Last month, I spoke with a veteran entrepreneur about some advice he had given a first-timer about whether to take money from an investor. The younger asked, “What value do they add beyond money? What kind of technical assistance, etc.?” The older–who has received at best intermittent support from us at First Light–replied “Just take the money. The investors you’re talking to are good people, and they’ll treat you well. Their job is investing, not building your company. That’s your job. Plus, you don’t want them or anyone else in your hair all the time while you’re trying to run a company.”
Over the last two months, we at First Light have been working to codify the support we offer entrepreneurs at the same time that the chatter around “adding value” has picked up among social VCs in India. In the VC community in the US, the catch-phrase for this non-financial support is value-added investing. Among incubators and NGOs, one struggles to untangle what people mean by technical assistance, business development assistance, or capacity building.
Everybody’s doing it, or at least saying that they’re doing it. Grassroots’ new fund has a pot of money specifically dedicated to technical assistance, and in one social investor’s recent PPM I saw an entire page dedicated to the fund’s portfolio support plan. At the end of this month, East Angels plans to hold a Bizarro pitch session in which VCs will pitch to entrepreneurs. Part of the original hypothesis behind our own Accelerator is that Shell Foundation support will allow us to provide more hands-on time than a typical spray-and-pray seed fund. But the data suggest that a VC’s “value add” doesn’t matter that much in most cases, despite what VCs claim.
But some pesky data and a handful of honest entrepreneurs aren’t going to stop investors, their analysts, and incubators from justifying our existence by the assistance we provide to entrepreneurs. So how is a savvy entrepreneur to see through the smoke to determine whether an investor wil actually be helpful? A few (humble!) suggestions:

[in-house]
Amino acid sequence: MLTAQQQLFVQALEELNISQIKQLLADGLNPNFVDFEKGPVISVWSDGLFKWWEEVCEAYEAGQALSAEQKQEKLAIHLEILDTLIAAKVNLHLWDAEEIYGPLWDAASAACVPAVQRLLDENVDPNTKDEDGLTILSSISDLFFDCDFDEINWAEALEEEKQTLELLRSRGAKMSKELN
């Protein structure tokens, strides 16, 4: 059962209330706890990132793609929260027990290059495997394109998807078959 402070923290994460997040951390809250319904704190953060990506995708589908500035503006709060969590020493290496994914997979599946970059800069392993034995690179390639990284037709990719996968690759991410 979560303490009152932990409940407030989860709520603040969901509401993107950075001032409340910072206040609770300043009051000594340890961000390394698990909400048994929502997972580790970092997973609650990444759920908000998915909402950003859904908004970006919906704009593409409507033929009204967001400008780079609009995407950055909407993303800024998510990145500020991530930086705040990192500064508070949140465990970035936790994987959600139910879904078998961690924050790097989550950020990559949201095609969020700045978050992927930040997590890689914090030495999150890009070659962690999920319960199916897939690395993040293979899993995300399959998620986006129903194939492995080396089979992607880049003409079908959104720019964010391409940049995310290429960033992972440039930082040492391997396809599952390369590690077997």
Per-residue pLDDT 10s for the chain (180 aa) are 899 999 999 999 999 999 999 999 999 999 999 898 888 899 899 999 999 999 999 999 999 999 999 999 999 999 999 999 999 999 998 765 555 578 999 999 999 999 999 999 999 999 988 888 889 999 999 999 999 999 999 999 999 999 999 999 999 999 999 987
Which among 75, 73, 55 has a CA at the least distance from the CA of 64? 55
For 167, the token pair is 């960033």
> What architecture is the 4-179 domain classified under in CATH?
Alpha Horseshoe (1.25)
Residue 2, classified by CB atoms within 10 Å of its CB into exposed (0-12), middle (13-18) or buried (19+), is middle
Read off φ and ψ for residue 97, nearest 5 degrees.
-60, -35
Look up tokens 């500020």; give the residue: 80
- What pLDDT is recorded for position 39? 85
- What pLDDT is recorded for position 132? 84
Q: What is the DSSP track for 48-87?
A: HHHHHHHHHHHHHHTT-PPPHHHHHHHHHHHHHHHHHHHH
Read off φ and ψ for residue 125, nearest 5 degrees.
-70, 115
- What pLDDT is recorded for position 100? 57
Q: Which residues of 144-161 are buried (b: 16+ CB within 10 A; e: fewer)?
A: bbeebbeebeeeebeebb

Look for character. Your investor is going to be around for a long, long time. Are they trustworthy? How do they handle conflict? Will you be able to maintain mutual respect even when you violently disagree?
Look for the right attitude toward your business. In an IVCA meeting last month, Multiples CEO Renuka Ramnath shared with a roomful of VCs that she approached each entrepreneur as someone who was already on track to building a successful company. She viewed her role as adding an extra shove, not fixing what was broken (for you nonprofiteers out there, consider the overlap between this approach and Asset-Based Community Development). As a result, Ramnath is able to thread the needle between being uninvolved and overinvolved in her portfolio companies.
Test VCs’ claims. If an investor says that they’ll be able to offer connections, check whether they’re connected to the people that matter: Potential customers, potential hires, potential next-round funders, and the rest. If they claim to be area experts, check their resumes. If they promise to be able to help raise funds, ask to be connected to entrepreneurs they’ve helped raise funds in the past. If they promise to provide strategic advice, ask them for it on the spot to see whether you’re impressed.
Trust your gut. Because your gut is probably right.